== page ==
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May 17, 2007 | Comments ()


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De Plane, De Plane. De MotherPajibing Plane

The Daily Trade Round-Up / Dustin Rowles

Trade News | May 17, 2007 | Comments ()


I’ve finally figured out the “big” secret of “Lost.” I now fully understand where the plot is going, and I don’t want to completely spoil it for you all, but it’s really the only thing that makes sense at this point. On the final episode, Ricardo Montalban is going to walk out, Tattoo at his side, and announce that the entire series has been one extended episode of “Fantasy Island.” C’mon: Doesn’t it make sense? Fantasy Island, after all, was a mysterious island in the Pacific (somewhere near Hawaii, where “Lost” is filmed), where people paid money to live out their greatest fantasies — Hurley paid for the whole thing with his lottery winnings, see? Only in this case, it’s like “Fantasy Island,” crossed with David Fincher’s The Game — the folks on the island won’t know they are living out their fantasies until the end. Like in “Fantasy Island,” several “guests” have died, but they were scheduled to die anyway — they just got to live out their fantasies first.

I just blew your minds, didn’t I?

Oh — not so much, eh? Well, how about this: Hollywood is remaking “Fantasy Island,” as a big-screen feature, starring Eddie Murphy — who, in addition to playing Mr. Roarke, will play a series of other characters as well. And to absolutely ensure that it will be a laugh riot, Murphy has brought in Jay Scherick and David Rom, the writers of Norbit to pen the script. Isn’t that awesome? Aren’t you all stoked? Eddie Murphy playing multiple characters in a remake of a classic TV show. How can that possibly fail? It’s genius. Murphy is the best comedian working today, and when he takes on multiple roles in the same film, the funny-o’-meter kicks into high gear and makes a little counter-clockwise motion that rips the fabric of the universe and makes high-pitched noises that only dogs and small children can hear before rasping out a final phlegmatic gasp of laughter and croaking. And that’s just in the first five minutes! I can’t wait!

Please God, give me the strength to cross this river.

I probably should be ashamed of this, but I have scant knowledge of the Tintin comics, this despite the fact that Mrs. Pajiba-hyphenate owns 22 of the 23 issues (all but the really offensive one) and there is even a giant Tintin poster (Le Lotus bleu) that currently adorns my bedroom wall. But, since I don’t read comic books for moral reasons (I’m terrified of geek hell), I have no idea what to think of the fact that Steven Spielberg and Peter Jackson are lined up to direct the first two of a trilogy of Tintin flicks. I assume, given my wife’s admiration of the comic, that neither will do it justice, but — personal biases aside — both directors are quite adept with visual effects, and they plan to use some sort of motion-capture technology to create digital renderings of performances by live actors — some sort of live action/digital animation hybrid (actual quote from Mrs. P: “It’s going to look like some dumb 60’s film, like Pete’s Dragon.”). The comic book, written by the Belgian author, Herge, is about a teenage reporter with boy-scout morality who goes on Indy-type adventures with his intrepid dog, Snowy — I don’t know exactly what those adventures entail, but apparently, there is a lot of fun wordplay and puns involved and, if it’s adapted from one of the earlier comic books, quite a bit of the racism that reflected the colonial attitude of Belgium at the time. (Herge apparently redeemed himself later in life, tossing stock characters aside in favor of well-researched characters from foreign lands, starting with Le Lotus blue. ) I’m afraid that’s all I can say about it, however, for fear that geek Satan might be reading over my shoulder. (Please, put away the light-saber pitchfork, Mr. Geek-Devil man.)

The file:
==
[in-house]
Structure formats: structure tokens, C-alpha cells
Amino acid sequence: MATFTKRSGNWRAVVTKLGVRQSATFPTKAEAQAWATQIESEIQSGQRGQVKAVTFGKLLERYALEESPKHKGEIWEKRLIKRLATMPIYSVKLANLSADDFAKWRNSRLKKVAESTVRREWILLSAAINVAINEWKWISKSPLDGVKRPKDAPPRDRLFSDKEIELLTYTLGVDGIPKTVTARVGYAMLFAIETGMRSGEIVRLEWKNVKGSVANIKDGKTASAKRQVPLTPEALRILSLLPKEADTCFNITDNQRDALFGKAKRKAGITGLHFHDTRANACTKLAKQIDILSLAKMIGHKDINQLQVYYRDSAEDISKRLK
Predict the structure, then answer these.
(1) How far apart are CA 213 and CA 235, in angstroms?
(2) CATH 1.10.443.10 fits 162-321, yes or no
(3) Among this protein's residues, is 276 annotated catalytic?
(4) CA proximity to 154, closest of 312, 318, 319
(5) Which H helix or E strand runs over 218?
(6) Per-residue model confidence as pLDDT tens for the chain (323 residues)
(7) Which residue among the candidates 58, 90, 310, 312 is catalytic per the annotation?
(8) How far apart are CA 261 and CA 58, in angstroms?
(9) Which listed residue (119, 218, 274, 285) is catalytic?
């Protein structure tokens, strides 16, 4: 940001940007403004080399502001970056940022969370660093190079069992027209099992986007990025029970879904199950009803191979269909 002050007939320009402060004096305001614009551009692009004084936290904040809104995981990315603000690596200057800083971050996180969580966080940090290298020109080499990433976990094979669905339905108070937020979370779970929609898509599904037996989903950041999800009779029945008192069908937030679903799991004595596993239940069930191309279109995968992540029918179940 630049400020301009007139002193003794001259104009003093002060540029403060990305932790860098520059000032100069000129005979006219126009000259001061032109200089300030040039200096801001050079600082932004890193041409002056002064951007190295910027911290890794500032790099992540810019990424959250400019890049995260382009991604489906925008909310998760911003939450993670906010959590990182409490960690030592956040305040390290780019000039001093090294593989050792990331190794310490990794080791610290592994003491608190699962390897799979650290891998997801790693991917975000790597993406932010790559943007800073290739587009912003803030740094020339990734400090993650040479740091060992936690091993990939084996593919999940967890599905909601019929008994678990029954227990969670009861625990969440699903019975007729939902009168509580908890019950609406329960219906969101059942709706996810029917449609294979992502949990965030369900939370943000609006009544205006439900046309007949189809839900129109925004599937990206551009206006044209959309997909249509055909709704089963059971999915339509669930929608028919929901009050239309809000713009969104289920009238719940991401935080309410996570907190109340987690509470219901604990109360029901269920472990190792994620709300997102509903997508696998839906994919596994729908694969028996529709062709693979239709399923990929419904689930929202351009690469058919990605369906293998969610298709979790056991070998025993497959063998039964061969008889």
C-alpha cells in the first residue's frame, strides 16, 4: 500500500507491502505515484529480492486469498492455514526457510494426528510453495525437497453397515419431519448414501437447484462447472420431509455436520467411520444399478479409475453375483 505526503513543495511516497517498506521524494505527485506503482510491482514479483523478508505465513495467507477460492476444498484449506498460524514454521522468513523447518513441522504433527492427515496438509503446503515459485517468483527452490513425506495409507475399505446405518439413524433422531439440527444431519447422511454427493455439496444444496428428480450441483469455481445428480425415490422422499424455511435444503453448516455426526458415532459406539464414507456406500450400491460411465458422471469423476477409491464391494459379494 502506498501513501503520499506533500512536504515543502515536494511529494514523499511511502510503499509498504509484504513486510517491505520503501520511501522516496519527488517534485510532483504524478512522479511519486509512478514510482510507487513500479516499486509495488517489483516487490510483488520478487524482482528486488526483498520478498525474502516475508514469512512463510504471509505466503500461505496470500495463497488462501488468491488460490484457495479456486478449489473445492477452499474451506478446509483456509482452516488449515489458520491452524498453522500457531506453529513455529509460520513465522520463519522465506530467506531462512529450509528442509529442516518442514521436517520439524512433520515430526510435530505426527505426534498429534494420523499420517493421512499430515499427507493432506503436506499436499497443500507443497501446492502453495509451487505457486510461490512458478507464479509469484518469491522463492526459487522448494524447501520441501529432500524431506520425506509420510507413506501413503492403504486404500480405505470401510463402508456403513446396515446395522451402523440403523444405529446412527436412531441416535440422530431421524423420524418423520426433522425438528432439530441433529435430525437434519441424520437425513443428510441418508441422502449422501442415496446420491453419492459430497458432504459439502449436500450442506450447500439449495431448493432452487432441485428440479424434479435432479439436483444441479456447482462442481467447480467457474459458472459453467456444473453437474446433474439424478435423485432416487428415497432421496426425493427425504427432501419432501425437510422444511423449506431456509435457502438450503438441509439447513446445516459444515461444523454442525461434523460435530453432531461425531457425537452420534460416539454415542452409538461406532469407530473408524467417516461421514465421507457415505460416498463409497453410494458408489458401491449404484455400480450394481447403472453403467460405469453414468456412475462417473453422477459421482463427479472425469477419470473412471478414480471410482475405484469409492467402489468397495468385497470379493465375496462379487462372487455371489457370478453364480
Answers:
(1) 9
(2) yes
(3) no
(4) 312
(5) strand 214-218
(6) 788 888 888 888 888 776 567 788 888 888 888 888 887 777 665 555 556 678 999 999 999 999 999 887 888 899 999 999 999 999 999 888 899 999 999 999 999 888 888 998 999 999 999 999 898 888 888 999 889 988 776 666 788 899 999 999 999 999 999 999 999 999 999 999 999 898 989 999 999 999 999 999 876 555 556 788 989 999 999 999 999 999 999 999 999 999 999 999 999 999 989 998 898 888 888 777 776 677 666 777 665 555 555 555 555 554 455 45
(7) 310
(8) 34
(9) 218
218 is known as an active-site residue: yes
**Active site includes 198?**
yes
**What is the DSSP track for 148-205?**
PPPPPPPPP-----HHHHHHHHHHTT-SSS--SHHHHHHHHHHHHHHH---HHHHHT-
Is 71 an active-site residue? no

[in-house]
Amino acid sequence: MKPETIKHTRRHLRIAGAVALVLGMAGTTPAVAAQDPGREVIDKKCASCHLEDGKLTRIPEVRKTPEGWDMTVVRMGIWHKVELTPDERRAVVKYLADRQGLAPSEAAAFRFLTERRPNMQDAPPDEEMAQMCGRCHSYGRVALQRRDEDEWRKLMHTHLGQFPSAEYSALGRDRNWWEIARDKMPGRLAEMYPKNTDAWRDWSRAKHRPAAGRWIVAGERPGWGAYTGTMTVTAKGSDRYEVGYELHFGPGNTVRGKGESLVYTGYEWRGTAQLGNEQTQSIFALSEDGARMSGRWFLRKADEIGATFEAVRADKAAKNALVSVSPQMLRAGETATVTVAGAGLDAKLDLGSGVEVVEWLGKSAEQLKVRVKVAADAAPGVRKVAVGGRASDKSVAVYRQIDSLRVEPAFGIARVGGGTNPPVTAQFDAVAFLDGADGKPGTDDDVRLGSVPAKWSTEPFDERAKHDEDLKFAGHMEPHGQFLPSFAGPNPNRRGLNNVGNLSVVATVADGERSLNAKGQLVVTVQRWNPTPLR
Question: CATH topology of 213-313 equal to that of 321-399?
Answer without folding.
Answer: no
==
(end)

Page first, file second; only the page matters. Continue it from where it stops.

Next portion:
On DVD this week, there’s The Fountain, which nary a person saw in theaters, as well as Stomp the Yard, a less-than-mediocre feature with some of the best choreography you’ll ever witness. But, the only release that really matters is Pan’s Labyrinth. If you haven’t seen it yet, do yourself the favor of adding it to your Netflix queue, and when it asks, “Would you like to move it to the top of your queue,” go ahead and say yes. You won’t be disappointed.

In the trailer watch, I officially give up on Luke Wilson. After Bottle Rocket, I never thought it possible that I could ever come to dislike Anthony. I cringed at Home Fries, but a pair of O.R. scrubs (“O R they?”) bought him a new lifeline. And then Legally Blonde, and then Alex and Emma, and then Charlie’s Angels and The Third Wheel. Sure, there was Old School and Idiocracy in between, but then again, there was also Vacancy. So, I’m like: Who is the real Luke Wilson? A solid straight-man in the occasional decent comedy? Or one of the worst romantic-comedy leading men, ever? I think Blonde Ambition answers the question. You star opposite Jessica Simpson, you lose all respect. Jessica Simpson? What the fuck, man? You’re no better than Dane Cook or Johnny Knoxville now. Ben Stiller wouldn’t even stoop that low. I hope Wes Anderson yanks your ability to periodically redeem yourself in his films, because you no longer deserve it. Damn.



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